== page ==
To save time and reduce costs when going to a solicitor, you should give some thought to the major points which you want included in your will. You should consider such things as:
- how much money and what property and possessions you have, for example, property, savings, occupational and personal pensions, insurance policies, bank and building society accounts, shares
- who you want to benefit from your will. You should make a list of all the people to whom you wish to leave money or possessions. These people are known as beneficiaries. You also need to consider whether you wish to leave any money to charity
- who should look after any children under 18
- who is going to sort out the estate and carry out your wishes as set out in the will. These people are known as the executors (see below).
Who are executors
Executors are the people who will be responsible for carrying out your wishes and for sorting out the estate. They will have to collect together all the assets of the estate, deal with all the paperwork and pay all the debts, taxes, funeral and administration costs out of money in the estate. They will need to pay out the gifts and transfer any property to beneficiaries.
Who to choose as executors
It is not necessary to appoint more than one executor although it is advisable to do so, for example, in case one of them dies. It is common to appoint two, but up to four executors can take on responsibility for administering the will after a death. The people most commonly appointed as executors are:
- relatives or friends
- solicitors or accountants
- in England and Wales, the Public Trustee or in some cases the Official Solicitor if there is no one else willing and able to act.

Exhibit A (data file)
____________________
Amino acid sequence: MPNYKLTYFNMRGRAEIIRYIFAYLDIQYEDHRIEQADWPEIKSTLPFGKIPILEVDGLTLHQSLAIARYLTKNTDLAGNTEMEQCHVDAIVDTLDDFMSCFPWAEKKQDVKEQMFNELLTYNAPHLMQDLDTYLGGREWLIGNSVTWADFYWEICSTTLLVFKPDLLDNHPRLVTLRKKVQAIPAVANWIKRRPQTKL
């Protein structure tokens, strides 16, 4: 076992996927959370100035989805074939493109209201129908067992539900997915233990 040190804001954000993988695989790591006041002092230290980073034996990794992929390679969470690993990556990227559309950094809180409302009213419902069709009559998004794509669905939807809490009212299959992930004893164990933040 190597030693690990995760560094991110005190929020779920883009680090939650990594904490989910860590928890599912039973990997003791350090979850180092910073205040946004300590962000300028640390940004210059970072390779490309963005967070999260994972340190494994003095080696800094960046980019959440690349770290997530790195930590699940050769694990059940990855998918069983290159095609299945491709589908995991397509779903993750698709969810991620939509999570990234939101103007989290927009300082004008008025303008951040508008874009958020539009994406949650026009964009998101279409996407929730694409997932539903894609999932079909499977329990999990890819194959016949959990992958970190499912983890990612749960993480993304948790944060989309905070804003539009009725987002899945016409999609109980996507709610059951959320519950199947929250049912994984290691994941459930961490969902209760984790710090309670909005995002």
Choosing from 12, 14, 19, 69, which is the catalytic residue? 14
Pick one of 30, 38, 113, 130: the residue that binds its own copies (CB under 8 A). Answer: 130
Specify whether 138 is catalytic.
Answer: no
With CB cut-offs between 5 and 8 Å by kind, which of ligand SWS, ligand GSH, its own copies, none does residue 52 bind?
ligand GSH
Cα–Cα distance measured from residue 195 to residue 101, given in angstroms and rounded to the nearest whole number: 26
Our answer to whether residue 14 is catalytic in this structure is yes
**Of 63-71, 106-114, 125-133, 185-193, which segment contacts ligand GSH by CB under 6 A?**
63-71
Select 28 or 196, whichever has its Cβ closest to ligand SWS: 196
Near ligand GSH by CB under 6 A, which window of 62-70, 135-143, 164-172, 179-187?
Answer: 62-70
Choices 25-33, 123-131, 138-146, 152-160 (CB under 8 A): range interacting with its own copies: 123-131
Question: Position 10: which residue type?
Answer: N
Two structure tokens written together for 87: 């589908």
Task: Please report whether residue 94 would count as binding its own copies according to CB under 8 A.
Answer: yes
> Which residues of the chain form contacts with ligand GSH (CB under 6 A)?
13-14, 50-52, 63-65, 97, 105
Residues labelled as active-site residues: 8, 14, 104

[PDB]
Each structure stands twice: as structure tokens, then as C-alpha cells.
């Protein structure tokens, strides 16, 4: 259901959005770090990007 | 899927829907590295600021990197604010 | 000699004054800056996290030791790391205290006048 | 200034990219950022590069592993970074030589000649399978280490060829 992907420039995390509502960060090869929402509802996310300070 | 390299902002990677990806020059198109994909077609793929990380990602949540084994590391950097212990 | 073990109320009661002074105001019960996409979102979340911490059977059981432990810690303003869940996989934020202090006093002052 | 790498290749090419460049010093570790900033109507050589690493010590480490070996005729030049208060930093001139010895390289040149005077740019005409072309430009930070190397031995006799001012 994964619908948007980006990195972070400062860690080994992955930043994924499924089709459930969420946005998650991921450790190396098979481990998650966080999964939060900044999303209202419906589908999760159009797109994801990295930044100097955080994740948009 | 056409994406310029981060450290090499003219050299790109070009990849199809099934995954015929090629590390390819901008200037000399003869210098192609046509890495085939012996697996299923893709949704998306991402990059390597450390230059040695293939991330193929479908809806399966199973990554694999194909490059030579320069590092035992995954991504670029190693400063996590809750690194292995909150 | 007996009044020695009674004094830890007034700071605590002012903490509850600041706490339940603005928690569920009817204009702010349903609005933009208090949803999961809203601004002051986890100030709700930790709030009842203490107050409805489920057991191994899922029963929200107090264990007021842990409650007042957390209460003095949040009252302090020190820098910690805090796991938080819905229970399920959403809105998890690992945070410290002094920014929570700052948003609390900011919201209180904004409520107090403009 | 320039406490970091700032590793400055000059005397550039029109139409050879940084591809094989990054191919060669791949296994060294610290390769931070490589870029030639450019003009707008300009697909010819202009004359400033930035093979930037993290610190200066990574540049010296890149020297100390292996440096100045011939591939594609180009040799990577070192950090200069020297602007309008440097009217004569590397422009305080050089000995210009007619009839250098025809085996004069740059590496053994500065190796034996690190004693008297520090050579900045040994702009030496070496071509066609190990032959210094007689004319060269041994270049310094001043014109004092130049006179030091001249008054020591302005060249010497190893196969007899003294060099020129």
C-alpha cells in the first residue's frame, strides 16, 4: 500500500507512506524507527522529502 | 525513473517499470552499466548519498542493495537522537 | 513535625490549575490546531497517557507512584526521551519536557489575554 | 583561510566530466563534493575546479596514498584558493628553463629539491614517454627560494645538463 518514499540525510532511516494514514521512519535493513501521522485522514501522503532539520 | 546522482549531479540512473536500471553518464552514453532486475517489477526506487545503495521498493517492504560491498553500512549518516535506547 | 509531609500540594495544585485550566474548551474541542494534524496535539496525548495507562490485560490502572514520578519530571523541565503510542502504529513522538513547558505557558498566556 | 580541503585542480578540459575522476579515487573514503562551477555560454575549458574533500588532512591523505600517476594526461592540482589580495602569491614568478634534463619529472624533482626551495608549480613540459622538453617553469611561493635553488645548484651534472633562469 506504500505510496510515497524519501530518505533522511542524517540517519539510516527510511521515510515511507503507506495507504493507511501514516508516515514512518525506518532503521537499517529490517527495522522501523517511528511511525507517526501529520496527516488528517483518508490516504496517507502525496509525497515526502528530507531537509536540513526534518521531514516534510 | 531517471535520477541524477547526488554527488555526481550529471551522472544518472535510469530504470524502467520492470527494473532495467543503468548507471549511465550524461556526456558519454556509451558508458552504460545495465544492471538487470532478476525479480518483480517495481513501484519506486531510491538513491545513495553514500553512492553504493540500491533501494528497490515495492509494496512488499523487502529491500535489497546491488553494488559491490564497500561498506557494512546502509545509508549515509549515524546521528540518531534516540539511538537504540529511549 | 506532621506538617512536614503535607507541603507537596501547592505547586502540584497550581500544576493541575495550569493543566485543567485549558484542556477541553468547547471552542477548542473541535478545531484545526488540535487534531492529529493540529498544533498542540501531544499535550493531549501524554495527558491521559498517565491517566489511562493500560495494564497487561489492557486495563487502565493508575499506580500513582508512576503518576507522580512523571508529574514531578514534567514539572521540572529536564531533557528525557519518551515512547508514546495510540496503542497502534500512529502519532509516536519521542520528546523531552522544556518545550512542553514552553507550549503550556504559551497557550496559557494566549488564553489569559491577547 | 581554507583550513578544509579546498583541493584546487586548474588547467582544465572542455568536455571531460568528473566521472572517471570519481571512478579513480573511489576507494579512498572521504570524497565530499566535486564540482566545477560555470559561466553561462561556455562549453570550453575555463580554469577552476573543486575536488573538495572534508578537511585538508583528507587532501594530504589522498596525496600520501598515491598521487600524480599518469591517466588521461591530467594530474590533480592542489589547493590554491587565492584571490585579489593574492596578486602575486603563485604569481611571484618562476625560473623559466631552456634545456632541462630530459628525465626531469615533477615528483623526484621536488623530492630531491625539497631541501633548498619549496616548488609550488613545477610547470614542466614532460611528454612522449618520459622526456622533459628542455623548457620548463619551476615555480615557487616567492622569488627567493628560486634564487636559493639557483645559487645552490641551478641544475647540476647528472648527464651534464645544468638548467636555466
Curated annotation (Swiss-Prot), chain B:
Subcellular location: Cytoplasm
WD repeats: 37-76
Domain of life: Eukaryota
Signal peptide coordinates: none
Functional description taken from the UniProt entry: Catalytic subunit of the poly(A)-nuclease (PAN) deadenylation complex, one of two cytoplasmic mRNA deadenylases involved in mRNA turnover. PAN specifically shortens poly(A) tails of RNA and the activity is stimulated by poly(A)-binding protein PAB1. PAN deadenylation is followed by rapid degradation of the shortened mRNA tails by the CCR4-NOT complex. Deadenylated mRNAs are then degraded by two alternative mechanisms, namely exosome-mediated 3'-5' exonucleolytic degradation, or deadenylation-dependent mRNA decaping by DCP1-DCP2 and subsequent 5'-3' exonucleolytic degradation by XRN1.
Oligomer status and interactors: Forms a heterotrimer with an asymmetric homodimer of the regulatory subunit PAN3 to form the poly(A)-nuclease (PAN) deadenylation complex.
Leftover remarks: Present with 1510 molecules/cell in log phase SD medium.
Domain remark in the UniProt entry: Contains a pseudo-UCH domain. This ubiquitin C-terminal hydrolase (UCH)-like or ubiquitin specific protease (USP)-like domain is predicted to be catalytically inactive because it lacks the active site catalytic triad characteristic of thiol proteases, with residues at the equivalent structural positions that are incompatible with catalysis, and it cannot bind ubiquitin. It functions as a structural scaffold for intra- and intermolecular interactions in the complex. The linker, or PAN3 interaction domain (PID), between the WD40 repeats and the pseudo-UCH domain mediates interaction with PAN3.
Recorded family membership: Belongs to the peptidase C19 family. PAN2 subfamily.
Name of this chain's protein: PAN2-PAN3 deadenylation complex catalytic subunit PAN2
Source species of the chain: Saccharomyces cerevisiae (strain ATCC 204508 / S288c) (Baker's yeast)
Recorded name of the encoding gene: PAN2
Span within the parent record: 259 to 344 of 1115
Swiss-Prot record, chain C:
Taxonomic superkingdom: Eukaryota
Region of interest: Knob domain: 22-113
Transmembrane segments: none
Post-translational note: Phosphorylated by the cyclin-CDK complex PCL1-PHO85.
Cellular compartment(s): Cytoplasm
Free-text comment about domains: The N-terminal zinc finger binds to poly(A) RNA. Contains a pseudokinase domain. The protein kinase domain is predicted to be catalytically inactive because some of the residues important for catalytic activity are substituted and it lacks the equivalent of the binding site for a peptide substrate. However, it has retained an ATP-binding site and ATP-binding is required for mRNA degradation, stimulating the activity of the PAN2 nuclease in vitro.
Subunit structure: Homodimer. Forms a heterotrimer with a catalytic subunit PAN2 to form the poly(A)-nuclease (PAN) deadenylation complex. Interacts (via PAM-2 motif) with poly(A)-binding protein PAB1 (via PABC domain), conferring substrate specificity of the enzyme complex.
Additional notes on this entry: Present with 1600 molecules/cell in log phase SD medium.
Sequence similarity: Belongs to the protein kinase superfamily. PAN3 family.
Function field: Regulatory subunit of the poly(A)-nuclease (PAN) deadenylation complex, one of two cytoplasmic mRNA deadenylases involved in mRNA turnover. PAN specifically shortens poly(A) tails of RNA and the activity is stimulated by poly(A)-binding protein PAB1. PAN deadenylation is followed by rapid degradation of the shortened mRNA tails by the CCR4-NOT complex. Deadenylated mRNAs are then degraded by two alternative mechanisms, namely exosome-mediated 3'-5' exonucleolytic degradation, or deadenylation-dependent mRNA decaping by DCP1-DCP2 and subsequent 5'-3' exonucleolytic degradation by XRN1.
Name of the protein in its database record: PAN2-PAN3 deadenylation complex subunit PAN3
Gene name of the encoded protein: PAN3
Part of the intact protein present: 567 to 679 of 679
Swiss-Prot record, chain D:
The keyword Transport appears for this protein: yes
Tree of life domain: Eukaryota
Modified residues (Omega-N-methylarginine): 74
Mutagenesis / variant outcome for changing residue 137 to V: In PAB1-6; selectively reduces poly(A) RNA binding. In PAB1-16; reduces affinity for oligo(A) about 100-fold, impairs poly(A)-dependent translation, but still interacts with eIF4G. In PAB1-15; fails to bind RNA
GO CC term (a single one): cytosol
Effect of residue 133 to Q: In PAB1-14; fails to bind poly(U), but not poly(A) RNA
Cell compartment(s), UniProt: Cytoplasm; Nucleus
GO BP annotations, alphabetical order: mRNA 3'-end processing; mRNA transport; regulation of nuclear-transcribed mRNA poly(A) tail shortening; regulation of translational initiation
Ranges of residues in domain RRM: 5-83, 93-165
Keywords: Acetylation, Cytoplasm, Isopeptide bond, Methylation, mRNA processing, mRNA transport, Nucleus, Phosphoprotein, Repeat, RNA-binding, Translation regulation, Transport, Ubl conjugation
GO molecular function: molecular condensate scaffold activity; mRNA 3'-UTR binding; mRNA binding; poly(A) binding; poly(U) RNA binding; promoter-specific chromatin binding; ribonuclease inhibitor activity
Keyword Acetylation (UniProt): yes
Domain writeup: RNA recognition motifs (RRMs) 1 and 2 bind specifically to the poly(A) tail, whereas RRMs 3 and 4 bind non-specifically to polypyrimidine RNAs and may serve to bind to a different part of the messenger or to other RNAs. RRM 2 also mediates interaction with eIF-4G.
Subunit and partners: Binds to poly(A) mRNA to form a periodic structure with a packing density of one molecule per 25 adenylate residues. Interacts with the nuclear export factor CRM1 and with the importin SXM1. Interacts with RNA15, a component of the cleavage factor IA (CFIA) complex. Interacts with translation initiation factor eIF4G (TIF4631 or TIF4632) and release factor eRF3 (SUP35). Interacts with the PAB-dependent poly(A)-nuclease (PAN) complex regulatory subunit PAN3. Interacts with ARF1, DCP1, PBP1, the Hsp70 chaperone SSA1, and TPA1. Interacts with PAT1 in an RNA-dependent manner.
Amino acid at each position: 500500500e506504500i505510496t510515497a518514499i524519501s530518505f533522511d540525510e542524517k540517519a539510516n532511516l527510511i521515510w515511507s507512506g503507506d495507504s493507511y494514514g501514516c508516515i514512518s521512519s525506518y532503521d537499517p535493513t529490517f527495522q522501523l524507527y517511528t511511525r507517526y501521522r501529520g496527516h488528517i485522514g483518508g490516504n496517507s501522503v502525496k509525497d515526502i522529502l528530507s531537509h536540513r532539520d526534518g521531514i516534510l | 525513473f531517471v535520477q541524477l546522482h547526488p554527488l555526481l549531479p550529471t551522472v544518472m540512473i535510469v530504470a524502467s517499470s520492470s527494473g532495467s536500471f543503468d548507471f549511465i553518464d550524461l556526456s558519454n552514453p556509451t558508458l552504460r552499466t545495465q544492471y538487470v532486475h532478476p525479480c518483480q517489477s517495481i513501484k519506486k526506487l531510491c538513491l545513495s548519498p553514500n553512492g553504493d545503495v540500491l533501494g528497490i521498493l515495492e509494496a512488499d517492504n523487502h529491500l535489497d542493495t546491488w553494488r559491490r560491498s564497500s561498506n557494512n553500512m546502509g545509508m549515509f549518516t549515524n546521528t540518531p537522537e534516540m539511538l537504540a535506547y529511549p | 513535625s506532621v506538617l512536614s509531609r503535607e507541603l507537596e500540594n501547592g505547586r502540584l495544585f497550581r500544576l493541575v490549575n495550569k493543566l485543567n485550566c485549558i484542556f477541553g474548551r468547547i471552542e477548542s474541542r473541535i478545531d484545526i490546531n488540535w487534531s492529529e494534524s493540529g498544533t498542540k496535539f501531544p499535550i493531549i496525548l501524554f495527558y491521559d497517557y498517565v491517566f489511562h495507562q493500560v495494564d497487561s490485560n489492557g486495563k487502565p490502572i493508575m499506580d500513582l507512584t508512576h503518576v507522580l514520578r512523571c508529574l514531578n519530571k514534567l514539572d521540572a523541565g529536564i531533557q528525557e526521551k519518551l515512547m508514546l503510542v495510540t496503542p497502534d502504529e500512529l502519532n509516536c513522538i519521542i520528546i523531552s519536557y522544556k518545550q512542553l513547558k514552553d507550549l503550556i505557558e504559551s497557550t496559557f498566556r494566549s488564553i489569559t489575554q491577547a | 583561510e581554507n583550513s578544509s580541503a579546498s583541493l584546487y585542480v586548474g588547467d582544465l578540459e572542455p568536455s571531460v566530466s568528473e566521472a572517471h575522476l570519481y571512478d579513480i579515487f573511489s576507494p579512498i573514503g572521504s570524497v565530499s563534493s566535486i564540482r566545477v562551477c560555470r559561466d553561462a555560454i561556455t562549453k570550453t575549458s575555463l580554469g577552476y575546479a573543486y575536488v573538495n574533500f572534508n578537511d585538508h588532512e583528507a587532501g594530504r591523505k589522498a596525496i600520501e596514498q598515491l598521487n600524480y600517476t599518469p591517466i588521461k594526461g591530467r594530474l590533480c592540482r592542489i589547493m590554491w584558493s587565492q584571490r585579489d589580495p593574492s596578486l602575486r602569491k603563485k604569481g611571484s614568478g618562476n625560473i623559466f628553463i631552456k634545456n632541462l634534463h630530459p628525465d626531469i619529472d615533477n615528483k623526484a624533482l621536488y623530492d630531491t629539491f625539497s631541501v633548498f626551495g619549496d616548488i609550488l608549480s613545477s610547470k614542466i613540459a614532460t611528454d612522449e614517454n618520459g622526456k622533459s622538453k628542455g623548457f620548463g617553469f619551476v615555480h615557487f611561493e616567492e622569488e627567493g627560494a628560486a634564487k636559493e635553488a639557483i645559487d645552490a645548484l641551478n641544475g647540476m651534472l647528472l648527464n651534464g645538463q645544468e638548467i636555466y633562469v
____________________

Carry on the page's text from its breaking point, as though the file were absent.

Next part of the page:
It is important to choose executors with considerable care since their job involves a great deal of work and responsibility. You should always approach anyone you are thinking of appointing as an executor to see if they will agree to take on the responsibility. If someone is appointed who is not willing to be an executor, they have a right to refuse.
If an executor dies, any other surviving executor(s) can deal with the estate. If there are no surviving executors, legal advice should be sought.
Requirements for a valid will
In order for a will to be valid, it must be:
- made by a person who is 18 years old or over; and
- made voluntarily and without pressure from any other person; and
- made by a person who is of sound mind. This means the person must be fully aware of the nature of the document being written or signed and aware of the property and the identity of the people who may inherit; and
- in writing; and
- signed by the person making the will in the presence of two witnesses; and
- signed by the two witnesses, in the presence of the person making the will, after it has been signed. A witness or the married partner of a witness cannot benefit from a will. If a witness is a beneficiary (or the married partner or civil partner of a beneficiary), the will is still valid but the beneficiary will not be able to inherit under the will.
Although it will be legally valid even if it is not dated, it is advisable to ensure that the will also include the date on which it is signed.
As soon as the will is signed and witnessed, it is complete.
If someone makes a will but it is not legally valid, on their death their estate will be shared out under certain rules, not according to the wishes expressed in the will.
Wills of service personnel on active service
The requirements for a valid will are less stringent for service personnel on active service. Such wills are known as privileged wills.
Call Mike Pugh for a home appointment on 01275 390627/07788 708184 oe by email at [email protected]